1. I don’t think we disagree. My first impulse was to write about what I found disturbing at Hidcote, but then I thought better, and decided to sit with it a while, to hold my conflicting impulses and feelings without making quick judgments, as you say, the better to get to the point where I could “analyze and process.” I’m not sure I’m there yet. I don’t think “being in the moment” and “formulating an opinion” are mutually exclusive, and I don’t think you are saying they are, but each has its time and place. I might also add that what I’m writing about has more to do with space and flow than with horticulture.

      1. Why do space and flow and horticulture have to be so separate? Equal players and partners in the whole of an experience. At least that’s how I view them.

        1. That’s a good question, and I don’t think they are separate (should I add that I’m not a landscape architect!?), but I’m not ready to take on horticulture at Hidcote just yet. I’m a plant lover and I respond to plants as sensuous and beautiful objects, and to them in mass as something more akin to waves of feeling; that’s one aspect of horticulture. Then there is the question of how plants are used to create or shape or influence space. Or how plants are used for practical reasons, as weed suppressing groundcovers, for example. We also can also talk about specific species and cultivars; Lawrence Johnston went to great lengths to get rare plants for his collection. How color is used, as in the red borders. Use of topiary in Hidcote might take a book in itself. It seems to be a subject far beyond the scope of a blog post. I’m setting limitations for practical reasons, and for lack of enough knowledge, in many cases, to carry such a discussion forward.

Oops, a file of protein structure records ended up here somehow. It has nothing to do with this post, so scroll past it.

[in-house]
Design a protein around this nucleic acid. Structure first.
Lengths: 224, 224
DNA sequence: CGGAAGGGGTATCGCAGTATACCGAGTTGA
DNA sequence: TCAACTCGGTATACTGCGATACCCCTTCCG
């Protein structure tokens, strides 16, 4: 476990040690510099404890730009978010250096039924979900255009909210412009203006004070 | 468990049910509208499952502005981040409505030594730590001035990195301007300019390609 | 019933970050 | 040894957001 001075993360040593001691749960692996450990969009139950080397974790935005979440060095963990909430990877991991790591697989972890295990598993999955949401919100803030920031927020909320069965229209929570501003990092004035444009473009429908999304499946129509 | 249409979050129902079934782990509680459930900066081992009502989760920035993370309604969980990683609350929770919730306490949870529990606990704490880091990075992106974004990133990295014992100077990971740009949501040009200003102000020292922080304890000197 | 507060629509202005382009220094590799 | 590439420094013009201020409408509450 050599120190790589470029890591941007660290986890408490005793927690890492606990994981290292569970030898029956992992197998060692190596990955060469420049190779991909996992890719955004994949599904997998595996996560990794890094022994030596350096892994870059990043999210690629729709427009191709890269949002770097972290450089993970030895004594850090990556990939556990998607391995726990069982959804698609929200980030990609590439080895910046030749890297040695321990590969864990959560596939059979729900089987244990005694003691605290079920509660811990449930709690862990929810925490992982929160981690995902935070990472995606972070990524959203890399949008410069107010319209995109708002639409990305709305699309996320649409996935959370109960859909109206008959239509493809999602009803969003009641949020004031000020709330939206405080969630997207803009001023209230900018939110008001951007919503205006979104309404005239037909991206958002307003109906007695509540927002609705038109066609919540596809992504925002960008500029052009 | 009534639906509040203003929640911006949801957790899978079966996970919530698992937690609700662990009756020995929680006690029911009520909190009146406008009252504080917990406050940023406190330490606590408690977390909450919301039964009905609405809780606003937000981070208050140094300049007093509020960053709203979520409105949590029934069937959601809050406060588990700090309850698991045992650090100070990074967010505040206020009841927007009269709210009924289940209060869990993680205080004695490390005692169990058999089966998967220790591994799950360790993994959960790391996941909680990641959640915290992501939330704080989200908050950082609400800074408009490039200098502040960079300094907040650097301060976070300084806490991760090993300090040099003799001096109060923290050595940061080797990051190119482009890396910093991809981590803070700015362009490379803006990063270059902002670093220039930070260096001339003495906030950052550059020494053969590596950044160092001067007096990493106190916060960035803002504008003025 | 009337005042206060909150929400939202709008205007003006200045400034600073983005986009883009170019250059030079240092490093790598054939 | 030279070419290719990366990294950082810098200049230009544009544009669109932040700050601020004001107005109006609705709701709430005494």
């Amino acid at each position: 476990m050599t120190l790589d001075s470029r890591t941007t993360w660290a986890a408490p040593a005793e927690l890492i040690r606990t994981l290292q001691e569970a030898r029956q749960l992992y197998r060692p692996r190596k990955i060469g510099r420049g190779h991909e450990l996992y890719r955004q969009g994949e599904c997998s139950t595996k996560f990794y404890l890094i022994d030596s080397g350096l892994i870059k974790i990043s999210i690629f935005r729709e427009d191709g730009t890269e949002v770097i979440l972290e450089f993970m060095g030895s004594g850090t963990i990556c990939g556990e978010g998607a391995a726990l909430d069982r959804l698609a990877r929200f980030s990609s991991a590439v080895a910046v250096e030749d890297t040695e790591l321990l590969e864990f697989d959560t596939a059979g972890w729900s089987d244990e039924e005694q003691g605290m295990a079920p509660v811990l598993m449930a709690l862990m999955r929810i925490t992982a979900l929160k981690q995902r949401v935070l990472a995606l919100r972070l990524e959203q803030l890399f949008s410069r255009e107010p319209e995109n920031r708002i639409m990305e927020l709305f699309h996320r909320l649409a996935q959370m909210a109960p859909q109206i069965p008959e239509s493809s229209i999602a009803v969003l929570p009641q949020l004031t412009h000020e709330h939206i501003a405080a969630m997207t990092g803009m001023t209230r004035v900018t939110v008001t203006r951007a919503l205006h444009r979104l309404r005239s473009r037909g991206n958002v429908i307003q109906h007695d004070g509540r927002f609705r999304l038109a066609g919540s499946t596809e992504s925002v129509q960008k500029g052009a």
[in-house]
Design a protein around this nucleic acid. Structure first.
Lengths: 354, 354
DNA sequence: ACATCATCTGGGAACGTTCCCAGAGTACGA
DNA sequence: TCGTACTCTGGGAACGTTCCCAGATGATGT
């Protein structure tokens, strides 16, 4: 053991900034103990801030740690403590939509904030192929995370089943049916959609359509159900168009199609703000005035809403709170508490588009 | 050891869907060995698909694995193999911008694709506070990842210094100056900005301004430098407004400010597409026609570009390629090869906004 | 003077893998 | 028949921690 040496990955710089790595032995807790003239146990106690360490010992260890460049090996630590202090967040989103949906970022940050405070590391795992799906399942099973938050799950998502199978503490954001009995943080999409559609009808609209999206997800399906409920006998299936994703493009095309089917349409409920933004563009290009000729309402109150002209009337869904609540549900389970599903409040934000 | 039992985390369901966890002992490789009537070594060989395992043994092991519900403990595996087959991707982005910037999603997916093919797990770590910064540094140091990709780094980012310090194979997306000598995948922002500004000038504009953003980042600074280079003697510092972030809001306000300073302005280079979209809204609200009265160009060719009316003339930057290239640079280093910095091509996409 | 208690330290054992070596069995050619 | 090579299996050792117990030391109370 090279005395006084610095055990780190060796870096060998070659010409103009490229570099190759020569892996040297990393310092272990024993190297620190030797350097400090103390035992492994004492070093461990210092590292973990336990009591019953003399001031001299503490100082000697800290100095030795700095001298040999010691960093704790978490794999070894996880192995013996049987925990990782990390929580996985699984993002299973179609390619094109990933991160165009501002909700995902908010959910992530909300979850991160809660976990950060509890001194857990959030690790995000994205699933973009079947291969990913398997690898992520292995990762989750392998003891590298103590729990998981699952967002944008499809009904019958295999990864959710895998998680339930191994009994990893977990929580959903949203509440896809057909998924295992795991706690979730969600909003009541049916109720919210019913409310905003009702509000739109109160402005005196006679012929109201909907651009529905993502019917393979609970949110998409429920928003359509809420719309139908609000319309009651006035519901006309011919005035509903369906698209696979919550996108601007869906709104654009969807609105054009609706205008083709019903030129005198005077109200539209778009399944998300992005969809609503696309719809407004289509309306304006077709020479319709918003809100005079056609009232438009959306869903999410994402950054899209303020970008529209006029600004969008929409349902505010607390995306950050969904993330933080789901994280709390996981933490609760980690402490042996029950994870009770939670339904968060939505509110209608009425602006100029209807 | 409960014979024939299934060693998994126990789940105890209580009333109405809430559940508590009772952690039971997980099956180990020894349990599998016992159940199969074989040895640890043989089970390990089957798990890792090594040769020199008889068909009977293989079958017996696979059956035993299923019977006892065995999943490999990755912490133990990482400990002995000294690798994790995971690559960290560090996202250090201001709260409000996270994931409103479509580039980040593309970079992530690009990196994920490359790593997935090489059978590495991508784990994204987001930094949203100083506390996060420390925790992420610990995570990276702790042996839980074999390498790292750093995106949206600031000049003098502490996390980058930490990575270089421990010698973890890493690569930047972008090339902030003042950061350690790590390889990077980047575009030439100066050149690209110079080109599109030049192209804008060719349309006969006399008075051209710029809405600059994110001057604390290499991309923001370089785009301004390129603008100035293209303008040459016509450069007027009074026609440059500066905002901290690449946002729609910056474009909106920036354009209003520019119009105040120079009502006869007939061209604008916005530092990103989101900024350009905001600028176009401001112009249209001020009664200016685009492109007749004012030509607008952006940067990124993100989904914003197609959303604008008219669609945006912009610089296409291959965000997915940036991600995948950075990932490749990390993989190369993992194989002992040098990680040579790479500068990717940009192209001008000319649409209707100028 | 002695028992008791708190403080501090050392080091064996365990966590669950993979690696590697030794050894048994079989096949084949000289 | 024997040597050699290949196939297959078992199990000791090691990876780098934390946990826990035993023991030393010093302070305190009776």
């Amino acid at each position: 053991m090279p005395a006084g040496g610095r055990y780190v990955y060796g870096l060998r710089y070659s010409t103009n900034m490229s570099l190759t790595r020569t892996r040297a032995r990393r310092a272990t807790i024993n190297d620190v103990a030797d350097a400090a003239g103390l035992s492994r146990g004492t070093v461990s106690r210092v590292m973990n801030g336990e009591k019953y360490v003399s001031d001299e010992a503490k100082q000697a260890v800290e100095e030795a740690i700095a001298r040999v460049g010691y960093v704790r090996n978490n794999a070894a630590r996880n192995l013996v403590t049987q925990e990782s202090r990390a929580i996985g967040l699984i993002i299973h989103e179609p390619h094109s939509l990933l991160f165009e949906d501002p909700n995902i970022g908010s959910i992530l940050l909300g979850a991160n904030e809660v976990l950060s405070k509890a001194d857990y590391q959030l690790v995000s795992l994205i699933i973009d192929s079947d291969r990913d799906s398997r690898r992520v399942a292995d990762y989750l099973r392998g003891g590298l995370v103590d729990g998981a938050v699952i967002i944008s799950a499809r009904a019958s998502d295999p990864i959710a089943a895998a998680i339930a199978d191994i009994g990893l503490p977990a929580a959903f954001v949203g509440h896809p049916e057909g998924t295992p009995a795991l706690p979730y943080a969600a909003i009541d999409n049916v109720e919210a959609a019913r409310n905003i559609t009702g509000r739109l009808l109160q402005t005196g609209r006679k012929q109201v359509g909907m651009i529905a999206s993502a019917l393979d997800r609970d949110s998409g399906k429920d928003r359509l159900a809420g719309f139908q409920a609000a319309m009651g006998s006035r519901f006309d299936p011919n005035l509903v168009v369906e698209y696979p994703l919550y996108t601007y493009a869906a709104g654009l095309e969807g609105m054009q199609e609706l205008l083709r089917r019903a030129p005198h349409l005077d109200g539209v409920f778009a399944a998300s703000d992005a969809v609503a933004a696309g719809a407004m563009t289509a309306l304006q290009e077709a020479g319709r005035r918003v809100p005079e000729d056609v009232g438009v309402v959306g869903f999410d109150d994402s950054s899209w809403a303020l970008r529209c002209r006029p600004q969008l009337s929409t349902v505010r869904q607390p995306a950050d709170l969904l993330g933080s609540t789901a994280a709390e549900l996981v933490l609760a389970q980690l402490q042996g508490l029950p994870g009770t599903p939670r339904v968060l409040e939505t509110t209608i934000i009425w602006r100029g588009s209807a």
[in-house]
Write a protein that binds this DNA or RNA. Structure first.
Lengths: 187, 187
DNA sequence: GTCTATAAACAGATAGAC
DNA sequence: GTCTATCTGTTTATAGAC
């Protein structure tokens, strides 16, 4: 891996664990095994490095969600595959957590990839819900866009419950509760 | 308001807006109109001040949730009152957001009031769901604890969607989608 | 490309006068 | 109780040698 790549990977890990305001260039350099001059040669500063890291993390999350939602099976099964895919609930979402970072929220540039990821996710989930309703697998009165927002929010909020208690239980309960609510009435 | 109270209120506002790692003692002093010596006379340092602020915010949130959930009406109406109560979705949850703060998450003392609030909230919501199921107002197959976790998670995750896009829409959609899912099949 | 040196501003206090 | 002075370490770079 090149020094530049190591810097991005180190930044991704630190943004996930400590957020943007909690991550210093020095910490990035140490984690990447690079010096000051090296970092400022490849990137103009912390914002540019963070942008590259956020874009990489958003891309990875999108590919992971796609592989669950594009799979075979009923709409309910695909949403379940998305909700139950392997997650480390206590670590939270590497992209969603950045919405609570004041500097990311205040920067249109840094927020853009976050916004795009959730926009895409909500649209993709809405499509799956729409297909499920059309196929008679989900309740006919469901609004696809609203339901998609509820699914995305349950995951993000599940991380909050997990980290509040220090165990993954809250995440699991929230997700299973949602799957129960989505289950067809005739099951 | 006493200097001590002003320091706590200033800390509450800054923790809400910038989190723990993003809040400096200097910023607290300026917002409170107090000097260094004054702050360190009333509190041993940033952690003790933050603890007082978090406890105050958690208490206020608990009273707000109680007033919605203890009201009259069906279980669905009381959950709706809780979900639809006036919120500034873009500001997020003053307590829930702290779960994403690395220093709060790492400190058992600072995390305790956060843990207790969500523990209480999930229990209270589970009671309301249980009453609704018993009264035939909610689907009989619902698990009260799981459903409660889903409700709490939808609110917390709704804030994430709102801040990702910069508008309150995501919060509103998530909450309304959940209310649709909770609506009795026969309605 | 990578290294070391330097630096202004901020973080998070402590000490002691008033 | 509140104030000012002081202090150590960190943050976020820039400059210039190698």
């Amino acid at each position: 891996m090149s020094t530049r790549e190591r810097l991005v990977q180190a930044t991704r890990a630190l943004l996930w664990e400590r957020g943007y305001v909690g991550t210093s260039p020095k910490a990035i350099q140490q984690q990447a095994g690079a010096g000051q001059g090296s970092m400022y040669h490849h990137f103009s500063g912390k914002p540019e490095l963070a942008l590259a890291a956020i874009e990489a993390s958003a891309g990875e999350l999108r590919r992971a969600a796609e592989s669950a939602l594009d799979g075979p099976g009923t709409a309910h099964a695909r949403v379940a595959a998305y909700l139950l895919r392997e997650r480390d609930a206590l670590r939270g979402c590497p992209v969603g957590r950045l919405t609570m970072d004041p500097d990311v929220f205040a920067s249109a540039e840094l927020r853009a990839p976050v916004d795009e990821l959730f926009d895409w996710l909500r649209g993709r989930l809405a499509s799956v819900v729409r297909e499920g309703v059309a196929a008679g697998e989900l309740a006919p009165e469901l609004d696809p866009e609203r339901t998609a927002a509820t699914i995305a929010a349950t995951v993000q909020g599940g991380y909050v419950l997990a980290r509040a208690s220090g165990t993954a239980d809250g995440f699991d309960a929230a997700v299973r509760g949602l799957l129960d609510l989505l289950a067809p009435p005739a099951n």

2. I have visited Hidcote gardens so many times but never felt enclosed. It is a peace that fills me with delight each room discovered and re discovered with time. It took me 30 years to design my own but in it all I began to know the man who designed Hidcote so very well. We who build and create English arts and crafts gardens live for nothing else. Shy and rather stiff lipped with people seem to see heaven on earth rather more in the rooms and vistas of a real garden. I must admit it is not in England that I made this 12 acre gardens but in Europe as land was cheaper and rules of today less obvious or felt. England of the days of Hidcote being built most different than England is today. Pockets of old Edwardian England exist in places like Hidcote and hopefully in mine to. I have it that heaven is on earth working in my themed expanse no one bothers me. I did pinch one part of Hidcote and that the read border in total down to the potting sheds each side. I made mine just larger for seeds more glass in the walls to but same red brick and leaded apex roof on each. I planted up more as I wanted. though. High hedges took years to grow and only now a pensioner can i see the place as I dreamed of in each step I take. It is a place of calm of solitude and of peace to pray in fields of scent and borders of chosen colour that compliment each other and so please the eye. I use statues on plinths as focal points against the dark green of holly hedge down to the lake were my Chinese ducks swim in the cool shallow and oaks don golden gowns even if today the October sunshine is in the 80 F range winter is not far away. The Swans will be back before I build the promised bridge over to the island to prepare Rhodi collection for winter. Had it made like the Monet bridge in the painters gardens. now need a crane to drag it in place. Silly boy I was not seeing this on design board. A sixty foot metal foot bridge needs to cover 50 foot water in the deeper part of edging. Now waiting for action and hoping for mercy with weather. Lawrence Johnston may have had problems but a team of gardeners helped. i did all this on my own. Thank God at 68 today it is just a number as I am fitter than Jagger who can still play a test match all through but I shift stone my own weight and build a temple of more use in a thing called a garden folly. Still cant manage that bridge though alone. Hidcote started it all off for me aged 5